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Isaac Hall, Captain; Caleb Brooks, Lieutenant; Stephen Hall, Ensign; Thomas Pritchard, Isaac Tufts, and Moses Hall, Sergeants; John Tufts, Gersham Teel, and Jonathan Greenleaf, Corporals; Timothy Hall, Drummer; William Farning, Fifer. Privates as follows: David Vinton, John Bucknam, Isaac Watson, Jonathan Lawrence, Jonathan Davis, Abel Richardson, James Tufts, jun., Samuel Tufts, 3d, Andrew Floyd, Benjamin Floyd, Andrew Blanchard, Samuel Tufts, John Francis, jun., Paul Dexter, John Smith, Abel Butterfield, Josiah Cutter, John Kemp, Eleazer Putnam, James Bucknam, jun., Aaron Crowell, Jonathan Tufts, Benjamin Peirce, Thomas Wakefield, Jonathan Teel, Aaron Blanchard, Richard Cole, William Binford, Thomas Bradshaw, Daniel Tufts, Peter Tufts, jun., Ebenezer Tufts, Isaac Cooch, Daniel Conery, Richard Paine, William Polly, Peter Conery, David Hadley, Jacob Bedin, Joseph Clefton, Samuel Hadley, jun., Moses Hadley, John Callender, John Clarke, Andrew Bradshaw, Thomas Savels, Francis Hall, and Benjamin Savils.

Here are fifty-nine Medford men in actual service; and the State paid them for their services £ 28. 16s. 5d.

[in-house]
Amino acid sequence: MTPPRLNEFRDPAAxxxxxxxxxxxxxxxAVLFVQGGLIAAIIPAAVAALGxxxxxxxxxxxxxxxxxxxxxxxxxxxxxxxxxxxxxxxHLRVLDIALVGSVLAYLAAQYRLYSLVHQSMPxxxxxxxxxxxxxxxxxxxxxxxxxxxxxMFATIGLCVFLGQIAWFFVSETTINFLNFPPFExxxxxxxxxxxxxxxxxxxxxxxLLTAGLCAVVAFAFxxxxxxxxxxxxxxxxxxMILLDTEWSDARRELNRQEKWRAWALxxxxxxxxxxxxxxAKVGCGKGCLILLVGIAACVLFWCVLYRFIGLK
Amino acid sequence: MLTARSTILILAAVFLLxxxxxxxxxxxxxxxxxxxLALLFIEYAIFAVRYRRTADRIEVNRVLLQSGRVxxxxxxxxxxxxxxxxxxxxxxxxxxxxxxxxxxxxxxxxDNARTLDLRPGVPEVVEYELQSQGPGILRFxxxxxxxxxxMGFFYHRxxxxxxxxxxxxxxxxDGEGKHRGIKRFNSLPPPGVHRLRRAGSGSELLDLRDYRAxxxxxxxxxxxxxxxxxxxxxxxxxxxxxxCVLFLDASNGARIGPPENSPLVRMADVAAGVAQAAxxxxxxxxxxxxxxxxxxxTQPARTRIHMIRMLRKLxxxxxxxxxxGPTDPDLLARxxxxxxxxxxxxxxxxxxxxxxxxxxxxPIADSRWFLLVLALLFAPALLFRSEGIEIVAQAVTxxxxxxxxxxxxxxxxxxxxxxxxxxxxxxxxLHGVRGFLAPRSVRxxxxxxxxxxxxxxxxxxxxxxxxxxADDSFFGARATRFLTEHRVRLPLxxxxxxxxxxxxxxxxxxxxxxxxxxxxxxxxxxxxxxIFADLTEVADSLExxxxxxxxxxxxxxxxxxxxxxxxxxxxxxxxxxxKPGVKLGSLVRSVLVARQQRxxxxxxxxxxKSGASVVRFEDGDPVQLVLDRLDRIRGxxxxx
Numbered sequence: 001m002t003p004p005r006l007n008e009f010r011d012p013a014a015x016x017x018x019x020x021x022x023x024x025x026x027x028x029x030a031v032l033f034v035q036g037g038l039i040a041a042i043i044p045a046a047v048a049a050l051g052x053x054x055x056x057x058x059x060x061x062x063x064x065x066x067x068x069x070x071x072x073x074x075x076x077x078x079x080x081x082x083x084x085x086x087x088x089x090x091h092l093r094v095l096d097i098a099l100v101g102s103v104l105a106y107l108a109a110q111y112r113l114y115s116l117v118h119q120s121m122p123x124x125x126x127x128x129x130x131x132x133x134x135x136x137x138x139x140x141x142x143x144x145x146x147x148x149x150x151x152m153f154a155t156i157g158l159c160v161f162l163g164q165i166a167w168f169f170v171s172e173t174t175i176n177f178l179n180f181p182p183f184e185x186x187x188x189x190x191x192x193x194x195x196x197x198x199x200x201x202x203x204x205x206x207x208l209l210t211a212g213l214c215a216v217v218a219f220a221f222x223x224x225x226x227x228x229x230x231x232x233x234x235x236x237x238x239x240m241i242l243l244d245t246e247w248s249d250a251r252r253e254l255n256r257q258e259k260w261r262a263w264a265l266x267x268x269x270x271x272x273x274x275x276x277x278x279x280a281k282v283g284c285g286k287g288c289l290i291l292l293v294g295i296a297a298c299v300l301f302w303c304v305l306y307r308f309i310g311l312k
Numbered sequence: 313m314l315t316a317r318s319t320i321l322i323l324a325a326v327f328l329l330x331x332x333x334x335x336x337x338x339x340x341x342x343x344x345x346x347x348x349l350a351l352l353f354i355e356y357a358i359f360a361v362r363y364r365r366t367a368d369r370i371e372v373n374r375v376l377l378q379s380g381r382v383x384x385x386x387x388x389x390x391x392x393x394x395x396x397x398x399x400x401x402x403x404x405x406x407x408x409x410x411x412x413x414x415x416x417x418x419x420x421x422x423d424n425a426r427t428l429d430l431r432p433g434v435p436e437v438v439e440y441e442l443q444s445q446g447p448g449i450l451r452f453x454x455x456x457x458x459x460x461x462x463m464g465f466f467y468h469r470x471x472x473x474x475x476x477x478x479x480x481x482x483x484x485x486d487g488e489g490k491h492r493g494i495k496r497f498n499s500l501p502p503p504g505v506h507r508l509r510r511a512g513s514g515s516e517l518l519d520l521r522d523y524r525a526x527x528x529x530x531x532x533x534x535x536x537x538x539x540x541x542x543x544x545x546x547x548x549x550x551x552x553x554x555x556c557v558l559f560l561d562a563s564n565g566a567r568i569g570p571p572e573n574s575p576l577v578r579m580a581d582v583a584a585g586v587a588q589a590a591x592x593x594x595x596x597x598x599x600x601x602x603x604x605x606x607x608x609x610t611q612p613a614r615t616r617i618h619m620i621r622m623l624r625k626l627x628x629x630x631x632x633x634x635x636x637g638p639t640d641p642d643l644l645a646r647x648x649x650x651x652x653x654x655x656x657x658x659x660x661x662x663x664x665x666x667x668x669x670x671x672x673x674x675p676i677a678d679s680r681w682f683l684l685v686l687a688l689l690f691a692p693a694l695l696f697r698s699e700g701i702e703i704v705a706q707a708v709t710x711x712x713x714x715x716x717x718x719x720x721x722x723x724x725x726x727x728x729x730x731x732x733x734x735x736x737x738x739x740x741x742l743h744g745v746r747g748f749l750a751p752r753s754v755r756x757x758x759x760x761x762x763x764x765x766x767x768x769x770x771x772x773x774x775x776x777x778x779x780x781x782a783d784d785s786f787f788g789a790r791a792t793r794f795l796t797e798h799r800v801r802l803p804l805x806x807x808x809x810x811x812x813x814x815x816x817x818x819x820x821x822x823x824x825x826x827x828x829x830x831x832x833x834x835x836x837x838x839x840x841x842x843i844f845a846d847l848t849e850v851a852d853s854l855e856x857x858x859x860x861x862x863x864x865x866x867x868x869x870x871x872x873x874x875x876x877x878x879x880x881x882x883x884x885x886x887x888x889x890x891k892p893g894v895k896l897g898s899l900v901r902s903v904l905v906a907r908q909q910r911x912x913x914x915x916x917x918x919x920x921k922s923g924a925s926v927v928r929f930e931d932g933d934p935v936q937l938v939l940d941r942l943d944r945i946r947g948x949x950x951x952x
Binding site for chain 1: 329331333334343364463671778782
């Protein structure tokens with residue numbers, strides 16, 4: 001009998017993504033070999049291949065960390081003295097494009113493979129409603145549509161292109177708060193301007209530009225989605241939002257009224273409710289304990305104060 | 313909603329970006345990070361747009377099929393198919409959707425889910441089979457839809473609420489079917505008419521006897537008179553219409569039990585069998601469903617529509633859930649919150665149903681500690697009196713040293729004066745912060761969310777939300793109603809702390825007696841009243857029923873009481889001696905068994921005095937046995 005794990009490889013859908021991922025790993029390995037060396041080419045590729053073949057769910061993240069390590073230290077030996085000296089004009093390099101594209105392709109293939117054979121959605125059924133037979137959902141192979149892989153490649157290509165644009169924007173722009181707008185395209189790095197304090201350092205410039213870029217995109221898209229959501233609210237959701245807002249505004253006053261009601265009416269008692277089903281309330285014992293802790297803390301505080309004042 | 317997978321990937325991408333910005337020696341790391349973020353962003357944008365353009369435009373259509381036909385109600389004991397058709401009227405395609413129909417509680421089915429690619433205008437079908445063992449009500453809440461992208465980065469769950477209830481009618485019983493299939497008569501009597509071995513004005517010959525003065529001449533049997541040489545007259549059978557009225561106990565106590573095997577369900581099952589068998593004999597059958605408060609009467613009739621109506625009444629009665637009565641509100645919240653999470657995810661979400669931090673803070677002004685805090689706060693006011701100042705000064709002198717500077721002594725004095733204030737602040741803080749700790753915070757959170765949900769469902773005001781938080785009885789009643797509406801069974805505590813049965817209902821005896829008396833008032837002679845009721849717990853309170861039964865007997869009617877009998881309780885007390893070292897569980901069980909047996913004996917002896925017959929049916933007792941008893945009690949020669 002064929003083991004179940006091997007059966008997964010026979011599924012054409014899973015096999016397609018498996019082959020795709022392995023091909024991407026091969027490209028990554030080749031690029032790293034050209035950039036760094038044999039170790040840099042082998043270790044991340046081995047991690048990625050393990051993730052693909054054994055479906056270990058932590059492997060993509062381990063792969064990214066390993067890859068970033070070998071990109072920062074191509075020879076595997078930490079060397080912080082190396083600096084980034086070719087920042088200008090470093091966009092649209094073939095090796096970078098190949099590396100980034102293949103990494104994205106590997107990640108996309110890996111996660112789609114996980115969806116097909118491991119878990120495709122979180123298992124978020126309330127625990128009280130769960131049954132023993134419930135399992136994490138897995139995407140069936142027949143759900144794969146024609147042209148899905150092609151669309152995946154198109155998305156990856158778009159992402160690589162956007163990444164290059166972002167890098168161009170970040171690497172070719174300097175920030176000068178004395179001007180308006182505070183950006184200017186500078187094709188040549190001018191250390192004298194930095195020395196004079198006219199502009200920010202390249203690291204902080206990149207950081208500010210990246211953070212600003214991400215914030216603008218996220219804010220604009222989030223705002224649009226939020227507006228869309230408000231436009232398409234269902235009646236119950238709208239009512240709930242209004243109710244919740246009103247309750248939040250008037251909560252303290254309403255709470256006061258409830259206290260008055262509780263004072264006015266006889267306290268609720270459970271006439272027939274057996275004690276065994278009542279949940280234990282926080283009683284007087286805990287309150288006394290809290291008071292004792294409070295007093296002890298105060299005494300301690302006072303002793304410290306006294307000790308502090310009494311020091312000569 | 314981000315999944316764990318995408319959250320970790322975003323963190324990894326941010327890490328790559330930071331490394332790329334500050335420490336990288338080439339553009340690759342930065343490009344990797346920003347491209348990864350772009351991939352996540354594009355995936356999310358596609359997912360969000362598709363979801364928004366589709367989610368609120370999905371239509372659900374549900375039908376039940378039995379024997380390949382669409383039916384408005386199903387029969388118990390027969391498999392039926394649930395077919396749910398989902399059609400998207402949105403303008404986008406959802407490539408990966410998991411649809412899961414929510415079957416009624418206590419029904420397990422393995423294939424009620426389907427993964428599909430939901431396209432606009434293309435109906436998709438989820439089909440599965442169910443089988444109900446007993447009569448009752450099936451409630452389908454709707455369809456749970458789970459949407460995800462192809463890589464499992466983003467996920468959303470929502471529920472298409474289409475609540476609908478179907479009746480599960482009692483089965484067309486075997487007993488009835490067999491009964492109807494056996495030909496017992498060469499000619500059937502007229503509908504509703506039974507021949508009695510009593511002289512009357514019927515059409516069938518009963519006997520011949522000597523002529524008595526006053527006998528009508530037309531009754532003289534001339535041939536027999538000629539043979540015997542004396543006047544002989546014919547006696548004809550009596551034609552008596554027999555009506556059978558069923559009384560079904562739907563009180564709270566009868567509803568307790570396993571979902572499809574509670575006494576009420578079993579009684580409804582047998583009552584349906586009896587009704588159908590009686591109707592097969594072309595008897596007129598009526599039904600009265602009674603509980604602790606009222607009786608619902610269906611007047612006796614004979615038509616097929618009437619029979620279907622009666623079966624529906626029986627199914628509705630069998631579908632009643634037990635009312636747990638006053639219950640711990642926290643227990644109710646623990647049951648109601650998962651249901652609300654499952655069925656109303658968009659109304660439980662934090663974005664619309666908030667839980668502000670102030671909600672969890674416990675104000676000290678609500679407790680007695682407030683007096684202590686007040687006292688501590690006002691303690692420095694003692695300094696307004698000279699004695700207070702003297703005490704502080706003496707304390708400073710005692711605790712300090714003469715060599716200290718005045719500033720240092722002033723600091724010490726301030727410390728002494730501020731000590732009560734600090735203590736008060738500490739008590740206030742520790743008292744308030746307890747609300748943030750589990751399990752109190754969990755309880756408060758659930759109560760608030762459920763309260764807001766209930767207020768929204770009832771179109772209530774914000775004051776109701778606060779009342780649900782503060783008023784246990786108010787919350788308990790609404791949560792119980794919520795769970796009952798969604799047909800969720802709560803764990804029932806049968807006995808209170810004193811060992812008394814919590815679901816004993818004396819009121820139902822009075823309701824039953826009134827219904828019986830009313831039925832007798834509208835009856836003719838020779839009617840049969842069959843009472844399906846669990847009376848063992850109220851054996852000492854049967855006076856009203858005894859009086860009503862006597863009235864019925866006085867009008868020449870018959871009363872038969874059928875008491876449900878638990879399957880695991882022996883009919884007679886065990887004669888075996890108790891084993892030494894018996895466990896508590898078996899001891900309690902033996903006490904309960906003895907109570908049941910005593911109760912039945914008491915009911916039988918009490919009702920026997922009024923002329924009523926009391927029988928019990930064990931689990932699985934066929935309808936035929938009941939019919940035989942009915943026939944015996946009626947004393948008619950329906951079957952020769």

Each man received pay for five days service, except William Polly, who was killed in battle.

Captain Isaac Hall made a report of his company to the heads of the department, Oct. 6, 1775, then stationed on Prospect Hill. He resigned, before the end of the year, for the purpose of taking command of another company; and Lieutenant Caleb Brooks was chosen captain in his stead, and, as such, made a report, January 3, 1776.

The corps which Captain Isaac Hall commanded “was made up of men from Medford, Charlestown, Woburn, Malden, Cambridge, and Stoneham, and were called the eight months men.” They enlisted for that time; and, in addition to their pay, each one was to have a coat at the expiration of his enlistment. Eight of this company belonged to Medford; and they were the following: Isaac Hall, Captain; Caleb Brooks, Lieutenant. The privates were: Benjamin Floyd, James Wyman, Jonah Cutler, John Smith, William Bucknam, and Joseph Bond. The last named was discharged June 7, 1775; the rest served out the eight months, and were on the “coat roll,” so called,--which fact secured a pension from the United States. Some took money instead of a coat. Some time afterwards, Captain Hall testified that Samuel Ingalls, one of his company, “has bin imprizoned in Cannedy, and hain't receeved no coat.” This company was ordered by General Washington, in March, 1776, to be “marched from ”

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